Five more were built in 1958 when the Navy announced that Harvey Point Defense Testing Facility in Hertford, North Carolina, would serve as the testing grounds for the fleet of Martin P6M SeaMasters. These aircraft were fitted with test versions of the full combat equipment suite and were used for bombing, mine laying and reconnaissance evaluations. The P6M-1 test program was mostly successful, however the J71 engines proved far less reliable than required. The P6M-1 had spray ingestion problems at high gross weight which precluded takeoffs except under ideal conditions.[6] The P6M-1 also had a serious control deficiency due to porpoising under some trim settings.[7] These deficiencies resulted in the P6M-1 program being cut, as it was no longer considered possible for it to be a successful asset. The P6M-1 had been generally successful, the airplane was designed to meet a demanding set of specifications, and had mostly achieved them.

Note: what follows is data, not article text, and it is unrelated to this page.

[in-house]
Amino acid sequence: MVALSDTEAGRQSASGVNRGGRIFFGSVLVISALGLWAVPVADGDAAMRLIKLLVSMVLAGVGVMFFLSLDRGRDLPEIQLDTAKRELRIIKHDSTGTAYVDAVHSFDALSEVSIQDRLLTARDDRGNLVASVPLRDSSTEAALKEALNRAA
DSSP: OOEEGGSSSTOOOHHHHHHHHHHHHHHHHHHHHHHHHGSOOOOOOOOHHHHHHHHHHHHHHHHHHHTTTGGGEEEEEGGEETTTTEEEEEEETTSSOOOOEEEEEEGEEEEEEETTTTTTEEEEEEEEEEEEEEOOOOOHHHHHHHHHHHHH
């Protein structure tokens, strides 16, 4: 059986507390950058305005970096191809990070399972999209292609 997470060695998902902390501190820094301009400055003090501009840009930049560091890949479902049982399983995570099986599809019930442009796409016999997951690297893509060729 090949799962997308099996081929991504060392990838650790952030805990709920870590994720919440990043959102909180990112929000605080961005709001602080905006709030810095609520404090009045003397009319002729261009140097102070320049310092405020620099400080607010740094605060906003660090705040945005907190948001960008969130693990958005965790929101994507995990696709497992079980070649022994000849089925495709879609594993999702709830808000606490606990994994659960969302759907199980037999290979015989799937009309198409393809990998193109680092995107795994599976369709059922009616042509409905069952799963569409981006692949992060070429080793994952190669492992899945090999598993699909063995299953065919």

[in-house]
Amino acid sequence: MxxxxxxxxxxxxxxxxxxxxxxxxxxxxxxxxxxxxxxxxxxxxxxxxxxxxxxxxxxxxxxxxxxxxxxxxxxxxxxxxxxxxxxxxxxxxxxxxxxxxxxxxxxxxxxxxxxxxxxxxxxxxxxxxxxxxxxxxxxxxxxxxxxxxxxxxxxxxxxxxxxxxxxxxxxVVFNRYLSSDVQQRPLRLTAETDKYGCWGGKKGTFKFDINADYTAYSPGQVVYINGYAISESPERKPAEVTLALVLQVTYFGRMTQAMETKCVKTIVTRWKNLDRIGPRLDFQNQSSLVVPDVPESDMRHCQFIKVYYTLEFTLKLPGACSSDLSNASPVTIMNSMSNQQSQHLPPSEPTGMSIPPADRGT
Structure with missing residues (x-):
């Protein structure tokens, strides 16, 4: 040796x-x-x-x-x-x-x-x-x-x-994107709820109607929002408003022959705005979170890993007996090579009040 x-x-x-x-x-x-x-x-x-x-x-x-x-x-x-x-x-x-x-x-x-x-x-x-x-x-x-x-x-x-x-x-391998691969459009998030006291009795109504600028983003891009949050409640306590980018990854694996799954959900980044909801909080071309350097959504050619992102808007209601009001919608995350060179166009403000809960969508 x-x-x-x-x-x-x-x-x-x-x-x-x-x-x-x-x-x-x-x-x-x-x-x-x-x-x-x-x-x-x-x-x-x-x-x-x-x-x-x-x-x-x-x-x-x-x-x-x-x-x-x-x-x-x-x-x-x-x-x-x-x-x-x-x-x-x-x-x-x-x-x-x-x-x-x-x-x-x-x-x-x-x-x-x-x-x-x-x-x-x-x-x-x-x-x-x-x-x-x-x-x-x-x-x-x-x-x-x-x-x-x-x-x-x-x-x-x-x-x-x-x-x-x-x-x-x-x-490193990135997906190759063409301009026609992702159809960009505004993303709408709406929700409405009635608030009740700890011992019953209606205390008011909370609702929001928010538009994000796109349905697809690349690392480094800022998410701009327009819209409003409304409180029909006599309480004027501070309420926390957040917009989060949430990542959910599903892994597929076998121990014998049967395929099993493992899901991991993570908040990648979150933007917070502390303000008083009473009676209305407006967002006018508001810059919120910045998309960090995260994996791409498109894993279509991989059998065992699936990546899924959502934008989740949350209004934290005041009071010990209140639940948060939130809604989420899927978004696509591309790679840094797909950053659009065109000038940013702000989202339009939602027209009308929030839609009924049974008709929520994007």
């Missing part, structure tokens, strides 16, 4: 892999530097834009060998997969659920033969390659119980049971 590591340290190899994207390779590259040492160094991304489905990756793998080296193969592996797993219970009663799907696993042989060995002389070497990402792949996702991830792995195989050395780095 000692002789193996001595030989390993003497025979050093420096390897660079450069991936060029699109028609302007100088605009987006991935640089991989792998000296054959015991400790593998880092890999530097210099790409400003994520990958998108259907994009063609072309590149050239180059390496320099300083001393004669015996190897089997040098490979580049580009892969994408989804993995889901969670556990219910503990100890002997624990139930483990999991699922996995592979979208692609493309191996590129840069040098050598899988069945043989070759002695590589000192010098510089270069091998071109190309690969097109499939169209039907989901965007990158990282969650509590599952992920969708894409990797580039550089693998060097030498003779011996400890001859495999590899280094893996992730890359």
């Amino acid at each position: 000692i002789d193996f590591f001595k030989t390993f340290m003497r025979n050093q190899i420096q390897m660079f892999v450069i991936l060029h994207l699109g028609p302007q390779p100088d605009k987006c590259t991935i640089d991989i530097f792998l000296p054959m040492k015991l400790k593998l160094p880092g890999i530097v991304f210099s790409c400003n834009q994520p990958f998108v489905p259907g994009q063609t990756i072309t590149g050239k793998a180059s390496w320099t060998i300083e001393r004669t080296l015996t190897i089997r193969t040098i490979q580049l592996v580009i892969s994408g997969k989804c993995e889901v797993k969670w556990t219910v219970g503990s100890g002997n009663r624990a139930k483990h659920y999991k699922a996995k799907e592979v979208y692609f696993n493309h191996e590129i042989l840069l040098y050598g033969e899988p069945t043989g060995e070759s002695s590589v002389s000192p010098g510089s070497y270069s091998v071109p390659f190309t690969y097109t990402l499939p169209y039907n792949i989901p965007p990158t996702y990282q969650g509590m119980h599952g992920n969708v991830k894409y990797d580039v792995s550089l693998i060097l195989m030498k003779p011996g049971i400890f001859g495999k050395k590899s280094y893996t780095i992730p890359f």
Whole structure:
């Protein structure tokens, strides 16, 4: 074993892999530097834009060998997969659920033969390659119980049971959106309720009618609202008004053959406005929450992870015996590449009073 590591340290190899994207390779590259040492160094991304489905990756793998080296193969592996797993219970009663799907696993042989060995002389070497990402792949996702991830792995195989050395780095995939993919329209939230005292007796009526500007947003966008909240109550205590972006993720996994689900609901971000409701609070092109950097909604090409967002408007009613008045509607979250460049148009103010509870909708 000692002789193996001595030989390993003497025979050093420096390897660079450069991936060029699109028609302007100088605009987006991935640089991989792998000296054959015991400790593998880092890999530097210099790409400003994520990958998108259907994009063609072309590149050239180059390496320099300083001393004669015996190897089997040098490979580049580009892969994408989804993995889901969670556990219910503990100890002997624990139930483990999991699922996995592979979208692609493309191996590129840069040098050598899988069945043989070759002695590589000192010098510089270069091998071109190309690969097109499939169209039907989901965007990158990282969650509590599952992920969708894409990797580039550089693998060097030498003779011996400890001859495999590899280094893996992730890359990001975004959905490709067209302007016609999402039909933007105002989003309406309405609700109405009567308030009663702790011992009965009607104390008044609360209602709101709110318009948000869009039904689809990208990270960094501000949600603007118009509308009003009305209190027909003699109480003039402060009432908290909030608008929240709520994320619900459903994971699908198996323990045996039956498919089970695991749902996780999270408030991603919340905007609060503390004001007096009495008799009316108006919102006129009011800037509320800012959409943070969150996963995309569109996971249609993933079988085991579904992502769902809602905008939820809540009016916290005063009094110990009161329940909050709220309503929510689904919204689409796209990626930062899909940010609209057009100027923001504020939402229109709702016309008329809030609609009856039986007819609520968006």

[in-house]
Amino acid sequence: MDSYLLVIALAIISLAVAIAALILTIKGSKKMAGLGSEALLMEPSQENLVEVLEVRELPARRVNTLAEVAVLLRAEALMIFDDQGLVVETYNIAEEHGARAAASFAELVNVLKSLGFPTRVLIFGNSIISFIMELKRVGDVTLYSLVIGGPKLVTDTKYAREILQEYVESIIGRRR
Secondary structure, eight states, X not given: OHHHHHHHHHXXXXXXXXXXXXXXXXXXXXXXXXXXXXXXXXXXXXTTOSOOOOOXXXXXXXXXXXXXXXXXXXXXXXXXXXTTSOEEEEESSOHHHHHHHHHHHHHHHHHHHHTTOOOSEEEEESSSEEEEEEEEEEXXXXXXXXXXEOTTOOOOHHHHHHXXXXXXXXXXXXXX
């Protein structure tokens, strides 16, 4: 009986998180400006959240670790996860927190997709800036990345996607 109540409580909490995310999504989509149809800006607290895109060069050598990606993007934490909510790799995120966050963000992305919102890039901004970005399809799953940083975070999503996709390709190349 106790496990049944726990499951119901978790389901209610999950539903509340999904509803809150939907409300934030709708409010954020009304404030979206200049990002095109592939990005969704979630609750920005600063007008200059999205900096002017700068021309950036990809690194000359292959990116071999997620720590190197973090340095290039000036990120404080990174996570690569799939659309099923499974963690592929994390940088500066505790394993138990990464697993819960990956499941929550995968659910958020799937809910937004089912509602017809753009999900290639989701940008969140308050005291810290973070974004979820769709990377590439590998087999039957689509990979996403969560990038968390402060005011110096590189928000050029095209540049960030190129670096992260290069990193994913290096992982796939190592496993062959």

The Navy and Martin felt that a new version, the P6M-2 would provide a useful aircraft. The first was rolled out in early 1959. Changes included new, more powerful Pratt & Whitney J75 engines, an aerial refueling probe, improved avionics, and a canopy with better visibility. A buddy refueling drogue kit had also been developed to fit in the bomb bay. Three had been built by summer 1959 and Navy crews were moving them through operational conversion when the program was abruptly canceled in August of that year.